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THE GERMAN INVASION OF FRANCE, AUGUST-OCTOBER 1870.

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Presentation on theme: "THE GERMAN INVASION OF FRANCE, AUGUST-OCTOBER 1870."— Presentation transcript:

1 THE GERMAN INVASION OF FRANCE, AUGUST-OCTOBER 1870

2 GEOFFREY WAWRO OFFERS SOME CONTROVERSIAL CONCLUSIONS ABOUT THE FRANCO-PRUSSIAN WAR: 1. That Moltke was the moderate in his debates with Bismarck in December 1870, but that their roles had reversed in January 1871 (279-80, 290). 2. That French republicans displayed “paranoid” and “totalitarian” leanings. 3. That Bismarck’s judgment was clouded by anti-French prejudice (239, ). 4. That France quickly developed a strong consensus in favor of moderate republicanism, while the desire for “revenge” soon faded (310-11). 5. That the war saddled Germany with “a military despotism cloaked in parliamentary forms” (302) and “empowered a whole class of militarists who linked Germany’s health to war and expansion” (312).

3 THE ENCIRCLEMENT OF THE FRENCH ARMY AT SEDAN, SEPTEMBER 1, 1870 (compare Wawro, 214)

4 Bismarck accompanies Napoleon III to meet King William I on the morning of September 2, 1870

5 Massive bombardment of Strasbourg on the Rhine caused its surrender on September 28, 1870

6 The Provisional Government of the Third Republic, led by Jules Ferry and Jules Favre, 4 September 1870

7 Ernest Meissonier, “The Siege of Paris” ( ): An appeal for resistance in the spirit of the Gauls (Wawro, 255)

8 “The Balloon” (November 1870), celebrating the escape of Leon Gambetta ( ): Was he really “totalitarian” or “paranoid”? (Wawro, 233-4, 251)

9 Narcisse Chaillou, “The Rat Butcher” (Paris in November 1870)

10 Anton von Werner, “The German Headquarters in Versailles” (December 1870): Bismarck & the Crown Prince argue with Moltke and Roon….

11 Ruined houses and shops in the St. Cloud district of Paris after German bombardment

12 Alphonse Neuville, “Le Bourget,” a failed sortie from Paris on December 21, 1870 (Wawro, )

13 Wilhelm I hailed as German Kaiser, Versailles, January 18, 1871

14 John Trumbull, “The Declaration of Independence” (1819)

15 Eugen Adam, “The German Flag is Hoisted at Fort Vauves, Outside Paris, January 19, 1871”

16 “Happy New Year!” (Kladderadatsch, January 1, 1871): In Faust, Goethe terms Mephistopheles “A part of that power Which always seeks evil, Yet always does good.” Napoleon III had sought “Germany’s downfall,” but from the cauldron Wilhelm I emerges as “Kaiser” with the orb and scepter of dominion.

17 WAR & CIVIL WAR IN FRANCE: THE PARIS COMMUNE 18 September 1870: Siege of Paris begins. 28 January 1871: Armistice between France & Germany. 8 February: National elections favor monarchists, because they call for peace. 1 March: National Assembly approves peace treaty ceding Alsace-Lorraine. 18 March: Fighting breaks out when Versaillais troops attempt to seize the cannon of the Paris National Guard. 26 March: Elections for the Paris Commune May 1871: The “Bloody Week” (Commune falls).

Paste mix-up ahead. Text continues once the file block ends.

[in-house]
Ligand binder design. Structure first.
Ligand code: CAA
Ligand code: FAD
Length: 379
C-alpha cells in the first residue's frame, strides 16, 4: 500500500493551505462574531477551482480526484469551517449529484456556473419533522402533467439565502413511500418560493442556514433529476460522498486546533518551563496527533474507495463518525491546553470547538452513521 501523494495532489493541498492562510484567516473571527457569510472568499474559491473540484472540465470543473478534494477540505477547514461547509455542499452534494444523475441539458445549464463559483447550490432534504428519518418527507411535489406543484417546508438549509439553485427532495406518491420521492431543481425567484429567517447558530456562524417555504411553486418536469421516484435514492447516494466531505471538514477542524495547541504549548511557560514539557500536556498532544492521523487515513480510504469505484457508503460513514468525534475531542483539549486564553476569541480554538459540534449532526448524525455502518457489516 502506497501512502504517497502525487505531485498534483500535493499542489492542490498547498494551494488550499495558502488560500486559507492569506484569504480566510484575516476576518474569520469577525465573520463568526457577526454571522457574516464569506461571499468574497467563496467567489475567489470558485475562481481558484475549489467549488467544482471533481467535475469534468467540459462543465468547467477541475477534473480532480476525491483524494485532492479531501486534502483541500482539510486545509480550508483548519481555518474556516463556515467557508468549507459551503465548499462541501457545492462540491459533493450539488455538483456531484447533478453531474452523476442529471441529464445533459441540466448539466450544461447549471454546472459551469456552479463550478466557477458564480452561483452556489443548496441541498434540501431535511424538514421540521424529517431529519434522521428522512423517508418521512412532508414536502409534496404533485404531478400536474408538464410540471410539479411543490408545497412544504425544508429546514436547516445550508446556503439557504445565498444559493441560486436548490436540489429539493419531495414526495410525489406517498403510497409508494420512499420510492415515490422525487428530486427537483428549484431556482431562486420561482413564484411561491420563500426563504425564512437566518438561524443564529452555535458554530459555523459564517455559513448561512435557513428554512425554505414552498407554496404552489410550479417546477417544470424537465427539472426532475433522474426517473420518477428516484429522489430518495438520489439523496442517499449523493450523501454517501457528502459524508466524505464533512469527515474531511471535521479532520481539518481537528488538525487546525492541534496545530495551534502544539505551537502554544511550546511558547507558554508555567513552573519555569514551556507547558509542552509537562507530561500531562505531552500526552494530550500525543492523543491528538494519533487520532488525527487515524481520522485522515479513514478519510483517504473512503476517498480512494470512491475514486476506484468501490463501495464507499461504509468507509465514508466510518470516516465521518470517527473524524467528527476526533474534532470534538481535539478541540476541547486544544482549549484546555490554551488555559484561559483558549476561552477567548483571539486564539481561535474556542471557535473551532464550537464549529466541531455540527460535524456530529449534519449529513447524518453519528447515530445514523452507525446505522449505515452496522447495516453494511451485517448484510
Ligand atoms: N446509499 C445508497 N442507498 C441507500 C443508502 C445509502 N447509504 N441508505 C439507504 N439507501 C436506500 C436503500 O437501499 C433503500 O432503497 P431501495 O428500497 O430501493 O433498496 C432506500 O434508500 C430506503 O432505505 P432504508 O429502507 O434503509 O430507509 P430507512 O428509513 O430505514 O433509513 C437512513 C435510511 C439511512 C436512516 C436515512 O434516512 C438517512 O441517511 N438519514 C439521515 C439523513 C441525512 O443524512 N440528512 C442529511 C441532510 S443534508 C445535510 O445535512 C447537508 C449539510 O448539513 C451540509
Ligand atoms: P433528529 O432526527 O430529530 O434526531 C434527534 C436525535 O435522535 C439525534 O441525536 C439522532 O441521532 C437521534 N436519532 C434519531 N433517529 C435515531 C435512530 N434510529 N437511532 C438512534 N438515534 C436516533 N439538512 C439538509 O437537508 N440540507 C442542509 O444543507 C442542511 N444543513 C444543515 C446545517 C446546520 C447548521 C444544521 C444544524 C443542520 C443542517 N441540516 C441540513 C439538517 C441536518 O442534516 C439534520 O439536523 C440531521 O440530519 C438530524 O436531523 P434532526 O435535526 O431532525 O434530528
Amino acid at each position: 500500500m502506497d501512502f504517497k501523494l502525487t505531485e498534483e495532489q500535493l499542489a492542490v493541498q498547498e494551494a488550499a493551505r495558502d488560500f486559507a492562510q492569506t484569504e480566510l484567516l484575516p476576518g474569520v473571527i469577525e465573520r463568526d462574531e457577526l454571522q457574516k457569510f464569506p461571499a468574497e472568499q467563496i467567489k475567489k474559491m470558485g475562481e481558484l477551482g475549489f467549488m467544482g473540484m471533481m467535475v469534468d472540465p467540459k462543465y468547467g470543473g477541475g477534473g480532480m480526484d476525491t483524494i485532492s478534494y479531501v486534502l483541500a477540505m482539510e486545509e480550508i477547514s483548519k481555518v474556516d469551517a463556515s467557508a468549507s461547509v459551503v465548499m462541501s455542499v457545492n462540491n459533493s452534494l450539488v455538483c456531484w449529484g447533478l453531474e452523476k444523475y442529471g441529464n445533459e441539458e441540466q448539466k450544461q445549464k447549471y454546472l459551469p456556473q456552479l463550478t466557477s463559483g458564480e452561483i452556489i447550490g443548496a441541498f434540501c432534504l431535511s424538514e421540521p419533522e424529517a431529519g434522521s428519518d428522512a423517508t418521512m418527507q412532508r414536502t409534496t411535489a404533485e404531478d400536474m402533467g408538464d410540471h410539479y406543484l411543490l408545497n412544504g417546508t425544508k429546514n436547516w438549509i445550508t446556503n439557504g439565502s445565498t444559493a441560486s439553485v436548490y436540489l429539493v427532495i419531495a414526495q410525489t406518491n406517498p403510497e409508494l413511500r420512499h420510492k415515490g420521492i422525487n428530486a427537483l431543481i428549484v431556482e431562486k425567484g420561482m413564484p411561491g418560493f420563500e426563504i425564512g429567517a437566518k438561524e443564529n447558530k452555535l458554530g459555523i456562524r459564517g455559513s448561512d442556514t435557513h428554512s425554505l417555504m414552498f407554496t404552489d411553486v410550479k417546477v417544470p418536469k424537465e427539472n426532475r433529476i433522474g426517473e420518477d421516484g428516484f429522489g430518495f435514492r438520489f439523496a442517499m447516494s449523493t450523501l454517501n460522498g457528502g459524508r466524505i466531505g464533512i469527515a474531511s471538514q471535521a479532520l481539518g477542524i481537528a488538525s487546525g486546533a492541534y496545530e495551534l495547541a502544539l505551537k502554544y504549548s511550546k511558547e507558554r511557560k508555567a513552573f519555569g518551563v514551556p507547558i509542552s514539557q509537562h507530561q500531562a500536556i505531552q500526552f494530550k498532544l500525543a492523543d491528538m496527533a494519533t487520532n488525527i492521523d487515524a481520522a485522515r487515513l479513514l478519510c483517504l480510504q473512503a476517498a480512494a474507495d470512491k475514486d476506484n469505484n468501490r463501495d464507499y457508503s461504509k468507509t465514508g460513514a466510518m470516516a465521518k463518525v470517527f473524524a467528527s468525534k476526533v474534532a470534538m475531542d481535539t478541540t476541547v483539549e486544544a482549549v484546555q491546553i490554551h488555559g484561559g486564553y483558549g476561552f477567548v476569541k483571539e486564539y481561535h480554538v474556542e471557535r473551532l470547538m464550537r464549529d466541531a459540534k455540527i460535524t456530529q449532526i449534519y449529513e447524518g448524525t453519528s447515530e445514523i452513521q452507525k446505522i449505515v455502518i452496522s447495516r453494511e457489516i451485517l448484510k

18 The German victory parade down the Champs Elysées, March 1, 1871

19 “France Signing the Preliminary Peace Terms” (March 1871)

20 Louis XIV seized parts of Alsace from the Holy Roman Empire in 1667; Louis XV inherited Lorraine in 1766.

21 The borders of the German Empire,

22 Adolphe Thiers ( ): Former premier under the July Monarchy, head of the provisional government in 1871 “The Two Republics” (1872): “Respectable” vs. “Red” Thiers argued that “today the Republic is the state form that divides us least.” But he warned radicals, “The Republic will be conser- vative, or it will not be.”

23 Barricade on Puebla Boulevard

24 “Paris Burning” (1871)

25 The Suppression of the Paris Commune, May 21-28, 1871

26 The destruction of City Hall

27 “CRIMES OF THE COMMUNE: The assassination of the hostages in La Roquette Prison, May 24, 1871” (including Archbishop Darboy)

28 H.F.E. Philippoteaux, “The Last Fighting at Père Lachaise” (1871)

29 Ernest Pichio, “The Triumph of Order” (1877)

30 THE FRENCH CONSTITUTIONAL COMPROMISE OF 1875

31 Dedication of the Victory Column, Berlin-Tiergarten, September 2, 1873

32 Constitution of 1871

33 “For his 60 th Birthday” (March 28, 1875): Bismarck as Atlas, bearing the weight of both “the German Reich” and “Foreign Affairs.” Does Wawro contradict himself regarding Bismarck’s role? See pp , ,

34 The Great Powers of Europe in 1880

35 FRANCEGREAT BRITAINGERMANY ??? THIRD REPUBLIC ( ): A weak president appoints the premier, who is “responsible” to the Chamber of Deputies. Indirectly elected Senate (with rural voters over- represented) retains veto power. 1832: Great Reform Act abolishes rotten boroughs 1871: Universal manhood suffrage for new Reichstag, but states retain three-class suffrage 1867: 2 nd Reform Act makes 40% of all men voters 1884: 3 rd Reform Act makes 60% of all men voters Chancellor & army are responsible only to Kaiser. 1911: Parliament Act abolishes veto power for the House of Lords WESTERN EUROPE WAS BECOMING DEMOCRATIC BY 1880

36 Austria- Hungary RussiaOttoman Empire 1867: Dual Monarchy created, with home rule for Hungary, but suffrage is restricted, and the parliaments in Vienna and Budapest are often paralyzed Tsar Alexander II ( ) abolishes serfdom, ordains trial by jury and elected county councils. Assassinated by the “People’s Will.” : Tanzimat reforms bring Western-style law courts and property rights 1876/7: Constitu- tional monarchy Alexander III revives “autocracy” ( ) : Defeat by Russia inspires Sultan Abdul Hamid II to restore absolutism EASTERN EUROPE MADE NO PROGRESS TOWARD DEMOCRACY


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